The Silicon Valley Bank (SVB) collapse is increasing awareness of risks in the financial system and could reverse some of the softening in insurance markets this year, according to Amwins CEO Scott Purviance.
“When you’re allocating capital and taking risk as an insurance company, there are things that you’re not contemplating,” Purviance told Insurance Business.
“I think we’re seeing that risk is going to be much more in focus as this year goes by, and that likely means some of the lines of business that were softening are going to potentially at least be flat if not up in 2023.”
Following the downfall, a securities class-action lawsuit has been filed against SVB’s parent, SVB Financial Group, and its CEO and CFO – the first of potentially many legal actions taken against the bank’s executives.
If the Federal Reserve had not intervened, insurers would potentially have looked at enormous directors and officers (D&O) liability claims, according to a report by AM Best.
“I think what we’re seeing in the last week and a half is that an unexpected event brings risk back to the forefront of everybody’s mind,” Purviance said.
SVB’s swift and sudden failure earlier this month sent a chill through the banking industry.
The bank, which focused heavily on higher-risk tech startups, had seen a surge in deposits during the COVID-19 pandemic. It invested much of this in US government bonds, traditionally one of the safest types of investment.
But when the Federal Reserve began hiking interest rates last year to curb soaring inflation, the value of those bonds fell. At the same time, startups were withdrawing on their funds to stay afloat as venture capital dried up.
Short on cash, SVB was forced to sells its bonds at a large loss, which some saw as a red flag over the bank’s financial health. Spooked depositors pulled out their money en masse, causing the bank’s collapse within 48 hours.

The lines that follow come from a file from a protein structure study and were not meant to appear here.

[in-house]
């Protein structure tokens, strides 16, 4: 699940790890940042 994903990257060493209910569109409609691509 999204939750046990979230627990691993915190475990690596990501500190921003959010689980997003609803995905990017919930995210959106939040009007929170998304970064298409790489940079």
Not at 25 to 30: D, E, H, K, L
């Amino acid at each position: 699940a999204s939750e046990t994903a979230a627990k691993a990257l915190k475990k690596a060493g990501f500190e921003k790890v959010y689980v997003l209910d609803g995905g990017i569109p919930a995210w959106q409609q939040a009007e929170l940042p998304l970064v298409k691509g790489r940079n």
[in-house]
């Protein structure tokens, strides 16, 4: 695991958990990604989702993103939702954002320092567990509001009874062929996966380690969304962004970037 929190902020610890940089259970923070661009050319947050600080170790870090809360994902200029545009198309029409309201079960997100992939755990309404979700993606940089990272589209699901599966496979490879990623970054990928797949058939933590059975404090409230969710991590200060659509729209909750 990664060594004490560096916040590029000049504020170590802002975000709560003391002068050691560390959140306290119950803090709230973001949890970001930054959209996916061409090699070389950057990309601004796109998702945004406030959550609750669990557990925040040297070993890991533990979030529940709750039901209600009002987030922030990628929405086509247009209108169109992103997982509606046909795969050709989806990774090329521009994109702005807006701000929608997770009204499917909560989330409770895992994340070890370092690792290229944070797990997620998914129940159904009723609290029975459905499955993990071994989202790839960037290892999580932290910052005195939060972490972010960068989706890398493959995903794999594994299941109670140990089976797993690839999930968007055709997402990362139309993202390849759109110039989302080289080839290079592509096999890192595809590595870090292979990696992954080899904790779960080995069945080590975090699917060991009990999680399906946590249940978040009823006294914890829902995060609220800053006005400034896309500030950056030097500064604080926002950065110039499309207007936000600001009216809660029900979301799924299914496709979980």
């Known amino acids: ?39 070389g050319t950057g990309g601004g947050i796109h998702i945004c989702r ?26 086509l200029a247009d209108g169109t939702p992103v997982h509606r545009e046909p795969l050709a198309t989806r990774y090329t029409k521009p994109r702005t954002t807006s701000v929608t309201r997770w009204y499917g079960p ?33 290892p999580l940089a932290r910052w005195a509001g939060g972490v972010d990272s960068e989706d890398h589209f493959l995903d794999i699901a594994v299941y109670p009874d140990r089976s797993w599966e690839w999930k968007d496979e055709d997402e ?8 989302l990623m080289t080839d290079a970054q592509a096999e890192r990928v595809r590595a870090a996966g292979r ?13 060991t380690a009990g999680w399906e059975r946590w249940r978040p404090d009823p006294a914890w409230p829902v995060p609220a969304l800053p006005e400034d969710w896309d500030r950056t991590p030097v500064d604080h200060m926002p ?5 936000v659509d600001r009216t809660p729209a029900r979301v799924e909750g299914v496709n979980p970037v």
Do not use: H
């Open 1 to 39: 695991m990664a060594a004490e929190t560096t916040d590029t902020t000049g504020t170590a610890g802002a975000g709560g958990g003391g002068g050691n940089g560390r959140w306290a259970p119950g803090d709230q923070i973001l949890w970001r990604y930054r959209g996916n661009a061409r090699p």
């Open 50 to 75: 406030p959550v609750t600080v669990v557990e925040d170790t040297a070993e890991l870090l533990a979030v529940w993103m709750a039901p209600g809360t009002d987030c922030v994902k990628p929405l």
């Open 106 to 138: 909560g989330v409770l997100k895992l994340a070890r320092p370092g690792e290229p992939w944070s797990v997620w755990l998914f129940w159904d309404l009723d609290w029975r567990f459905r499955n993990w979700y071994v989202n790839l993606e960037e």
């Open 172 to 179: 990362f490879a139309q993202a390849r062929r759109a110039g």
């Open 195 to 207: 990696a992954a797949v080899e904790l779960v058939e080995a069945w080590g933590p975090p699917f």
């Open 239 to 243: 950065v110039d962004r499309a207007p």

The Federal Reserve has stepped in to protect all deposits at the failed bank. In a bid to stop contagion, it also announced an emergency lending program to give cash-squeezed banks easier terms on short-term loans.
The move has helped shield the insurance industry from negative impacts in the financial sector, according to Amwins’ CEO.
“There could have been [material impact on the insurance industry] had the Feds not stepped in and did what they did,” said Purviance.
“I think, for the short term, [the Feds’ actions] took some contagion risk and a systemic meltdown off the table that could have rippled through the insurance industry.”
For the Amwins CEO, SVB’s collapse reflects the relative resilience of the insurance industry when it comes to taking on rate-sensitive assets.
“It’s ironic that the exact thing that caused Silicon Valley Bank’s collapse – interest-rate-sensitive assets that declined in fair value – was also the big trend across the insurance industry in 2022,” Purviance observed.
“But in the insurance industry, your assets are balanced with your expected liability payouts and your matching duration on liabilities, whereas in the banking industry, deposits can be called on any day.
“When you have that run on deposits, it can create chaos, whereas in the insurance industry, you can’t accelerate claims. So, we were a bit protected from that risk.
“If you go back to the 2008 financial crisis, the insurance industry came through that very well. I think that we’re again poised well against the turmoil today.”
Do you agree with Purviance’s thoughts on the SVB bank collapse and its reverberations on the insurance industry? Sound off in the comments below.